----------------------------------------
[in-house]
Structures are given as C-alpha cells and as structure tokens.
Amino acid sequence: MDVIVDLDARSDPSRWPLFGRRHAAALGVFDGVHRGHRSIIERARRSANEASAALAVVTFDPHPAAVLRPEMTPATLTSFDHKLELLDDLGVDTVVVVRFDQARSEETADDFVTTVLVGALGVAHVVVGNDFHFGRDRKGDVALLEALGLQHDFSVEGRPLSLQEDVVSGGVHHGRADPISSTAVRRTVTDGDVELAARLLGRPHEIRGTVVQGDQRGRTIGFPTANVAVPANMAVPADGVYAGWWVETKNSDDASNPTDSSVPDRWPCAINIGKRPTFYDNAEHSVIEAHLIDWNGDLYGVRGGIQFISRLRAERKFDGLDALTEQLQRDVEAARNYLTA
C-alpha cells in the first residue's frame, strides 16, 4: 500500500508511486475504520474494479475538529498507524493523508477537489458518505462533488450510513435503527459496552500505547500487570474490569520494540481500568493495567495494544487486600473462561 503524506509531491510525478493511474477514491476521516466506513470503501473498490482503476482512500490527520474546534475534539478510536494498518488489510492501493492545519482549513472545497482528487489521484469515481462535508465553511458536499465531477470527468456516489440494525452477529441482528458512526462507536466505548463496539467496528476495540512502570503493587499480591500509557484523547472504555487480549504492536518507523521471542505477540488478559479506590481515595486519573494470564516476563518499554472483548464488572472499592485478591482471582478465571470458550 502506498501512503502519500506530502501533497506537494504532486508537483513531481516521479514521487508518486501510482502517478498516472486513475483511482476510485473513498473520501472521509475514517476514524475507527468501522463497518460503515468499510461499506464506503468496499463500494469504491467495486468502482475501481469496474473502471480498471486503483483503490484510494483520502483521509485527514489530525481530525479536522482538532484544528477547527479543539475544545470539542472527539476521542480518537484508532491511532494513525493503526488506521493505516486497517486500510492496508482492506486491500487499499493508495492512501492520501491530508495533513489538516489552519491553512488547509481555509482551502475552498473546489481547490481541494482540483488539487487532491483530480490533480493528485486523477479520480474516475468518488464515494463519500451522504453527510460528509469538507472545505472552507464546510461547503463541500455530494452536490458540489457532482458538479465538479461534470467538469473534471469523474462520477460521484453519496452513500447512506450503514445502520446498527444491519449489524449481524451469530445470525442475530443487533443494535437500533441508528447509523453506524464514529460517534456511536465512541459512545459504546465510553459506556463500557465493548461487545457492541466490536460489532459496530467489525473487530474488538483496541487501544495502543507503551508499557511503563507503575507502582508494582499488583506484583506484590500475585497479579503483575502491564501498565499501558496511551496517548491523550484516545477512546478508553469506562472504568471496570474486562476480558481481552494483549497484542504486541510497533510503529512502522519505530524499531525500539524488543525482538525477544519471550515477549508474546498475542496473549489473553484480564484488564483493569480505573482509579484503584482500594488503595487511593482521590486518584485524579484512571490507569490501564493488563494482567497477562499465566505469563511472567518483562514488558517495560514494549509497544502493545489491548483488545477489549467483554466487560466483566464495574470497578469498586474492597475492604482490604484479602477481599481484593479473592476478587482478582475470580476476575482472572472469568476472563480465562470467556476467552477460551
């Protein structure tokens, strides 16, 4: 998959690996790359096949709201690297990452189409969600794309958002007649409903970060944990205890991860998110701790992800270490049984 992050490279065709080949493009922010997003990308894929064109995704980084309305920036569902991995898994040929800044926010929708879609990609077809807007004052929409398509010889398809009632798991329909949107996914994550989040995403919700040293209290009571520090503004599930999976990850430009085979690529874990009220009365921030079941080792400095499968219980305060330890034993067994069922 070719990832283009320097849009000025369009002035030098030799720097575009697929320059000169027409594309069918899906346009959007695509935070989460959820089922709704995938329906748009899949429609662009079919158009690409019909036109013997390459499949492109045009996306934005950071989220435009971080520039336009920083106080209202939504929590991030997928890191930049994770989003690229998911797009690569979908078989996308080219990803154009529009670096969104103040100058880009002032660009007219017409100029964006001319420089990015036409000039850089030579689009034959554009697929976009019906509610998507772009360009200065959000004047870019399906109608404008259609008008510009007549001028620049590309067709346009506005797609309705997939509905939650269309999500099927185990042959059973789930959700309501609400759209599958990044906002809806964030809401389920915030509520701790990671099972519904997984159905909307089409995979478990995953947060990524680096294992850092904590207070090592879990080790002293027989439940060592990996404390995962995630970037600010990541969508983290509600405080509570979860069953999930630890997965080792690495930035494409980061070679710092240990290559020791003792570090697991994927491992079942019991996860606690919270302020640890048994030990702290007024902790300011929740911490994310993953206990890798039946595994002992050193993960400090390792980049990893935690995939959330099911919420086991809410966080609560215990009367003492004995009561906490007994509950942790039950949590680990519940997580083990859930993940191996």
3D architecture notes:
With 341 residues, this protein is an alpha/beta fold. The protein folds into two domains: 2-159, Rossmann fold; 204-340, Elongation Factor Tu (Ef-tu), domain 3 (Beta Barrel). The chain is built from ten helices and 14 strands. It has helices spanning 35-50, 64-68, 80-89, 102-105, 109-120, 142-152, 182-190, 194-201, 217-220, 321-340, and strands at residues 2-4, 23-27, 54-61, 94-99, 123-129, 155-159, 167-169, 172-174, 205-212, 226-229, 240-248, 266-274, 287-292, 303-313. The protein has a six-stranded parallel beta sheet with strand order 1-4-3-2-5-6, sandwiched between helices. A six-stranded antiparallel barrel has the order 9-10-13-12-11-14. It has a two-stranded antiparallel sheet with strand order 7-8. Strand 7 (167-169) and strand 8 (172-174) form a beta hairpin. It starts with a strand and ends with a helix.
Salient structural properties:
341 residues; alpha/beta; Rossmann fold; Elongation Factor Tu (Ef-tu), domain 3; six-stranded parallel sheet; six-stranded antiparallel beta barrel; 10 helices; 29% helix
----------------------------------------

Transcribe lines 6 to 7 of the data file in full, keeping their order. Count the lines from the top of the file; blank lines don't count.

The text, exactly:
3D architecture notes:
With 341 residues, this protein is an alpha/beta fold. The protein folds into two domains: 2-159, Rossmann fold; 204-340, Elongation Factor Tu (Ef-tu), domain 3 (Beta Barrel). The chain is built from ten helices and 14 strands. It has helices spanning 35-50, 64-68, 80-89, 102-105, 109-120, 142-152, 182-190, 194-201, 217-220, 321-340, and strands at residues 2-4, 23-27, 54-61, 94-99, 123-129, 155-159, 167-169, 172-174, 205-212, 226-229, 240-248, 266-274, 287-292, 303-313. The protein has a six-stranded parallel beta sheet with strand order 1-4-3-2-5-6, sandwiched between helices. A six-stranded antiparallel barrel has the order 9-10-13-12-11-14. It has a two-stranded antiparallel sheet with strand order 7-8. Strand 7 (167-169) and strand 8 (172-174) form a beta hairpin. It starts with a strand and ends with a helix.